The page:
The Haiti earthquake of 2010 highlighted the need to unite for the sake of young people traumatized in its aftermath. Full-Circle Learning provided art therapy for young children in its wake.Soon afterward, theMeridian Foundation andNational Geographic invited Full-Circle Learning to design a project for girls abused in refugee camps. The girls learned to comfort one another and to practice listening skills when there were no psychologists available. They used writing skills, visual arts and photography to tell their stories to one another.
Here, a Liberian girl holds a copy of the anthology that resulted from the Haitian girls’ efforts, Girls United: Haiti Through OurEyes. The book inspired students in
multiple countries. The Girls United Clubs continue to offer girls a chance to counsel one another to stay in school, to learn skills that benefit society, and to become resilient to challenges.
Girls in some countries eventually saw their Girls United poems on the UnitedNations Foundation website.
The Girls United was one of threeFull-Circle Learning programs in Haiti.
Teacher training in Port au Prince also brought awareness of new strategies to teachers from multiple schools. When we emailed teacher educator Linda Gershuny after the earthquake, she explained she was huddled in a tent in a park, with children hovering around her. Amazingly, her computer still worked.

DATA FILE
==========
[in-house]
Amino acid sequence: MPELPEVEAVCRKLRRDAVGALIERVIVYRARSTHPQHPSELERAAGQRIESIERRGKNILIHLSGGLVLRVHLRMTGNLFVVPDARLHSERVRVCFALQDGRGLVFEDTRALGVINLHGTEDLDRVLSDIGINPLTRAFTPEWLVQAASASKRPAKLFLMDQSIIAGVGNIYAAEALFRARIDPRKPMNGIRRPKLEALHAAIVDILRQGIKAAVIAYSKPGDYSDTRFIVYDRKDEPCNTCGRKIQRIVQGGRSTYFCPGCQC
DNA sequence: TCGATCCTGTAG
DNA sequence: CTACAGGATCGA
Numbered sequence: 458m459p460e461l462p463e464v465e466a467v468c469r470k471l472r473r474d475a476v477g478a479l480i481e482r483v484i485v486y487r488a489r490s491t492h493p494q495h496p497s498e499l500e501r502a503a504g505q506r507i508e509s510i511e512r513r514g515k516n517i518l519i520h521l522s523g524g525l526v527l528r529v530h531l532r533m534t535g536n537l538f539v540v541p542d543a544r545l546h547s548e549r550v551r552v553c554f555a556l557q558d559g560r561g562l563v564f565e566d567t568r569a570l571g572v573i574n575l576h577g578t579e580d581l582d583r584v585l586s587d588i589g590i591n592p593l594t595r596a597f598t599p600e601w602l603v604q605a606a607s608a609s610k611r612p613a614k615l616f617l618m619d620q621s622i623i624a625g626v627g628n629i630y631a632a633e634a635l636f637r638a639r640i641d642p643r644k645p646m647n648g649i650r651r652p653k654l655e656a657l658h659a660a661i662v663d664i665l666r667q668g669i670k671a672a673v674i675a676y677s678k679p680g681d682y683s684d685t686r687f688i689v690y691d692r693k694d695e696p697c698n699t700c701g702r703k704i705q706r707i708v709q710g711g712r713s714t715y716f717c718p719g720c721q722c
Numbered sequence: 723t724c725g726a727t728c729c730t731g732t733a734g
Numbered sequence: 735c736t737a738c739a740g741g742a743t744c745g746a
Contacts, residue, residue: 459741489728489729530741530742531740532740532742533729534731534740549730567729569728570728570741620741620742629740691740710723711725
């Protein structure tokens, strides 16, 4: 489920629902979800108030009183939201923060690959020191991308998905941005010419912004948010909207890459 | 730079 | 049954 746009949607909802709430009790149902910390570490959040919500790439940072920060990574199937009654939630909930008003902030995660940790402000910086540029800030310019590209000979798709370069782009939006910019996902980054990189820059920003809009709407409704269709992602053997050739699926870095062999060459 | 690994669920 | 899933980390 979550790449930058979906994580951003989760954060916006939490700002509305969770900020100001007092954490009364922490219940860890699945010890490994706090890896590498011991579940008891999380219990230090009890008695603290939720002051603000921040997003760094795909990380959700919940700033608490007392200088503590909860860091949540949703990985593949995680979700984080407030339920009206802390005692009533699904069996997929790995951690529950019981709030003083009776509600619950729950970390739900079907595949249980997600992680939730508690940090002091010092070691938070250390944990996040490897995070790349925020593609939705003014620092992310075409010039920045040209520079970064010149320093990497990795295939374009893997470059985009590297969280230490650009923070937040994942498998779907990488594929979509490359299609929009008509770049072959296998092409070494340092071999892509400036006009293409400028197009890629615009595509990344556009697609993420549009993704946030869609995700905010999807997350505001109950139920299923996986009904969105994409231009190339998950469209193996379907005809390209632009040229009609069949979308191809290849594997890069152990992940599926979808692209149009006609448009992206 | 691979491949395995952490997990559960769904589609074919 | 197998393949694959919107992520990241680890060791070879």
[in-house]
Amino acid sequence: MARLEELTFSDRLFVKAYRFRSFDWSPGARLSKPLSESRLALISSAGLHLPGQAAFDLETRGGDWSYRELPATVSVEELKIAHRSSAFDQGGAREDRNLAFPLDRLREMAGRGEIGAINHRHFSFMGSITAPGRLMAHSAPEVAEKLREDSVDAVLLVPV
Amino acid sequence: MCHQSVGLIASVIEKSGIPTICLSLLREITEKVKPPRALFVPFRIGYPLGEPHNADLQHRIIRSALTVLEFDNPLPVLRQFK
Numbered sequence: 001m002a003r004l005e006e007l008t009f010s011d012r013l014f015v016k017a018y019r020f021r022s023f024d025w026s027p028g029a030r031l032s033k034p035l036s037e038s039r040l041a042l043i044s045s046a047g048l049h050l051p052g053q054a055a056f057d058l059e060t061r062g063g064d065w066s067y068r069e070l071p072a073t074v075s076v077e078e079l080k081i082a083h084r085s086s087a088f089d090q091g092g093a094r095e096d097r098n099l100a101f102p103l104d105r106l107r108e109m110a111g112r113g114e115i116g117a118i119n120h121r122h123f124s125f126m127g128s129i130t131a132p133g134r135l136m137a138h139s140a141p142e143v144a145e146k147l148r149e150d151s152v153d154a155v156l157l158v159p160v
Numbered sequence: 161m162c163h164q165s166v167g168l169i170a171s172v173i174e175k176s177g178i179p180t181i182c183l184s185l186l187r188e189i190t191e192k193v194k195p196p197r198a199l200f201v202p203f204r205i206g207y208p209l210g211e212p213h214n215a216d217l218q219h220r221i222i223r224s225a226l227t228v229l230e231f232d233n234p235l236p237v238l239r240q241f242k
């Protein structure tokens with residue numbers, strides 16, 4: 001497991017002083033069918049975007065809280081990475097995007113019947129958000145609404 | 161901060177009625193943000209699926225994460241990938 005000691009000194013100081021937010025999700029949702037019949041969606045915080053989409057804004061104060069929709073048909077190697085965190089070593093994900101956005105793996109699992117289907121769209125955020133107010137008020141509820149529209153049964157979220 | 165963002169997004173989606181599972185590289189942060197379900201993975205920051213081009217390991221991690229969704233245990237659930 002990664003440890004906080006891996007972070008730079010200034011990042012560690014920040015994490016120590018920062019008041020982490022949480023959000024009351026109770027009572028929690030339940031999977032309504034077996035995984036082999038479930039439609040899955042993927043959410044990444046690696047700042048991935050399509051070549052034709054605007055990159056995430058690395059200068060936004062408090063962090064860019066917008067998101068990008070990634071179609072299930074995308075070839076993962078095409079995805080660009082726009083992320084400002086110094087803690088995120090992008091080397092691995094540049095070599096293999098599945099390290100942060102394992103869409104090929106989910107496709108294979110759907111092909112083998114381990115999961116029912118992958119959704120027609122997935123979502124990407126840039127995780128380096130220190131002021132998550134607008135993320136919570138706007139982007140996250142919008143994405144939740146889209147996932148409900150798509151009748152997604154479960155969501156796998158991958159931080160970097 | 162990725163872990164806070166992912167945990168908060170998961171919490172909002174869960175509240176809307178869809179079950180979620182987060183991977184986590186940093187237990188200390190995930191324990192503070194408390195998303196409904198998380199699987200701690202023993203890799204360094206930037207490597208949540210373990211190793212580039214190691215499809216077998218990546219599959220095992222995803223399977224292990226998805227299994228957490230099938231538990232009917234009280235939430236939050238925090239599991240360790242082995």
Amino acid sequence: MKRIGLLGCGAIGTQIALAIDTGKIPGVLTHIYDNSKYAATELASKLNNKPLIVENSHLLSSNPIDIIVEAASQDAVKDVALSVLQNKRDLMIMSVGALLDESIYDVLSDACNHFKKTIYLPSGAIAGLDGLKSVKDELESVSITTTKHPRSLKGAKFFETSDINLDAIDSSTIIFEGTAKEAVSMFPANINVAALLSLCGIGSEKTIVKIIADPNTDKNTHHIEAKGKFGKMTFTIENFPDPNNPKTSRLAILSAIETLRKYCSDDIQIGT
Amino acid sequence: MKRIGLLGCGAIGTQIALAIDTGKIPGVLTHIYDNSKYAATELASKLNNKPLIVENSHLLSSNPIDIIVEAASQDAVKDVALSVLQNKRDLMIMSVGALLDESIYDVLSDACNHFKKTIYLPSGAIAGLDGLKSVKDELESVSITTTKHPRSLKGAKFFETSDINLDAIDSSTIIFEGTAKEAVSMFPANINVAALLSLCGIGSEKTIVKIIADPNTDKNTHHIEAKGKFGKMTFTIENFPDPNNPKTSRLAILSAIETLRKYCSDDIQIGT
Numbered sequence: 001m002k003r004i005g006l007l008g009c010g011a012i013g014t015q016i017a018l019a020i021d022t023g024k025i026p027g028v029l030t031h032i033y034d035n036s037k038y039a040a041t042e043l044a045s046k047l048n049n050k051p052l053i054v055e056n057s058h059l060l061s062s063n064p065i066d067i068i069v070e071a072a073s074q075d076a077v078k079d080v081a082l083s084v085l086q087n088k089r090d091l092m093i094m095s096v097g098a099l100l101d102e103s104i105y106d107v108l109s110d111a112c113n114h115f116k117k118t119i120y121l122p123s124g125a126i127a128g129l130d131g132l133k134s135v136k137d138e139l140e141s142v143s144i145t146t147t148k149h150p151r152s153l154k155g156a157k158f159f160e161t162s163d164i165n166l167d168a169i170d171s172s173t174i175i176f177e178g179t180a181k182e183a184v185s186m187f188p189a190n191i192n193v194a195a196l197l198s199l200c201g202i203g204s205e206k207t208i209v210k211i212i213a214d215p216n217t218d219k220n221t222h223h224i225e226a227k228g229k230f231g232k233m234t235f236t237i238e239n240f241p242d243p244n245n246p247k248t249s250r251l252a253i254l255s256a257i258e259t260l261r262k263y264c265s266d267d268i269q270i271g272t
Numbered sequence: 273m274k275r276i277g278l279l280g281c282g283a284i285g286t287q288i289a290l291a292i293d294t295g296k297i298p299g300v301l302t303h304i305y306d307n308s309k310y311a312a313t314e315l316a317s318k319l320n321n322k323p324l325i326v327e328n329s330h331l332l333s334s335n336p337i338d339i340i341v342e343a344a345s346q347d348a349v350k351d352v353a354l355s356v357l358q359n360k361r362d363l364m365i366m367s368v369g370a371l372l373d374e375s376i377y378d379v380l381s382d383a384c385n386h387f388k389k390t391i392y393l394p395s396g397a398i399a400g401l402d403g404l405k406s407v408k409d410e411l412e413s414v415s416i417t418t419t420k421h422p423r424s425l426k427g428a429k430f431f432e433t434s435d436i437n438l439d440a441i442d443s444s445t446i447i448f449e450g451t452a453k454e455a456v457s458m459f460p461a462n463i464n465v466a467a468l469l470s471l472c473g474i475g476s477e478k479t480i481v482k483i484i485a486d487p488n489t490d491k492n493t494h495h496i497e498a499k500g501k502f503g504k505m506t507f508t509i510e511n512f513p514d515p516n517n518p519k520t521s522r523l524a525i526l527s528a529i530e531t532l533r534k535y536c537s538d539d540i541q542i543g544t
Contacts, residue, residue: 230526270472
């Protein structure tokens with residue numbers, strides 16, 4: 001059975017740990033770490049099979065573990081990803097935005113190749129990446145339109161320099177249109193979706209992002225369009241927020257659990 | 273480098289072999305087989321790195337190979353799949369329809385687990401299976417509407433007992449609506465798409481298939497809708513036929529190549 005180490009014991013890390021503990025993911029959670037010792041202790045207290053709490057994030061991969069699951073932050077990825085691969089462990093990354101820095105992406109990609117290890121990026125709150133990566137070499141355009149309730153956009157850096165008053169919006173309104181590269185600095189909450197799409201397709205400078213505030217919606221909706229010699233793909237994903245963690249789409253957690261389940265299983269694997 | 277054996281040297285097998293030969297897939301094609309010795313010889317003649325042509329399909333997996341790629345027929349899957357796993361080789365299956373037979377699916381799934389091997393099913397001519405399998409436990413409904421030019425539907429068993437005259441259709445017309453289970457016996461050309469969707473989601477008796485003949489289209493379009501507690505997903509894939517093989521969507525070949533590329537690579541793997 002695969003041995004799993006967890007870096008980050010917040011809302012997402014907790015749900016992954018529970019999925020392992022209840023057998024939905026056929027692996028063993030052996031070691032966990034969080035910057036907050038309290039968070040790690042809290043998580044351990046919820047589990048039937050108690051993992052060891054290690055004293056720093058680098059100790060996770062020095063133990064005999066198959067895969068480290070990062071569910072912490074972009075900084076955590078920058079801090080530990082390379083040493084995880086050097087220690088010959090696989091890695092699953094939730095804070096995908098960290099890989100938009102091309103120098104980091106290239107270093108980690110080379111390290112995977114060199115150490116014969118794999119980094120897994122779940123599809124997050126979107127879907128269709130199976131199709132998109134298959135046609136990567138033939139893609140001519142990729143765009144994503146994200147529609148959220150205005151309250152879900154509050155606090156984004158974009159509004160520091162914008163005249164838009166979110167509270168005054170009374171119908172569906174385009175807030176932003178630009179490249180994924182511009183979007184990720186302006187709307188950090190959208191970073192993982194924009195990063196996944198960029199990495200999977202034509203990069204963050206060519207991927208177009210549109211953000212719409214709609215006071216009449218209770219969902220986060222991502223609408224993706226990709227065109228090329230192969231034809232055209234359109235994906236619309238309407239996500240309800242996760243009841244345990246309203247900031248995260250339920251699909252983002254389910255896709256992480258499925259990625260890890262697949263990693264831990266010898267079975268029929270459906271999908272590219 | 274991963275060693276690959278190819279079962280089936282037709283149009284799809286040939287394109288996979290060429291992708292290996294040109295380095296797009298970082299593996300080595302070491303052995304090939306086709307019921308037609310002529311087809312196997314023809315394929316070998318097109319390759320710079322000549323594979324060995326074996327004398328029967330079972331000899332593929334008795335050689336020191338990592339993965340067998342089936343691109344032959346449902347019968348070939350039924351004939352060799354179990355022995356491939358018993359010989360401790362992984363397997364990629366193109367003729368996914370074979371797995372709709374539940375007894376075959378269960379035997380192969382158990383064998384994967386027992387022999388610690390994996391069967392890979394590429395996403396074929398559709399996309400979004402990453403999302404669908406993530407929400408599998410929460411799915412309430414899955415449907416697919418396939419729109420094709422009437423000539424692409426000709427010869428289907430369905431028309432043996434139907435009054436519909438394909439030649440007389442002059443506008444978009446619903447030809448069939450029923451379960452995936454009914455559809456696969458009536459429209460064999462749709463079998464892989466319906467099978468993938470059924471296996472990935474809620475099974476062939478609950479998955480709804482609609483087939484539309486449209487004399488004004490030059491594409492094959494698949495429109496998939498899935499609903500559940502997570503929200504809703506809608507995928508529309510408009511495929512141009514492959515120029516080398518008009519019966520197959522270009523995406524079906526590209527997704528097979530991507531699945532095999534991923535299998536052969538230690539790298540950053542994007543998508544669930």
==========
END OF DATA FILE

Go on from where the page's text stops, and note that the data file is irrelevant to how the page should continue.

FCL put out the call for comfort. Preschoolers from China’s Greentown School system immediately sent pictures of their songs and “blessings for Haiti” to reassure the children in the park that others far away cared about them.
On a later trip, FCL representatives traveled far up the mountain to the town of Avril du’Bois, where the Curelly family had opened a school for the children of subsistence farmers. The town had not had a local school for a generation. Combating illiteracy, the Curellys sought to change that.
After a Full-Circle Learning training workshop, the teachers used their skills to inspire the parents and children to work together for the common good.Here, teacher Christelle children taught their parents to plant trees on the edge of crop rows, to prevent erosion.
The teachers and learners in the village school sent valuable wisdom exchanges to other schools around the world in the years that followed. One project came as a challenge from the teachers in Piru, California as they thought about how to prepare their community for natural disaster. They taught earthquake prevention to their families, guests and neighbors. In Haiti, a hurricane had just victimized relatives and countrymen in nearby towns, so the Haitian school responded with a project to demonstrate how to put hurricane clips on rooftops. Below children work on a deforestation project as others conduct their“humanity circle” in the classroom.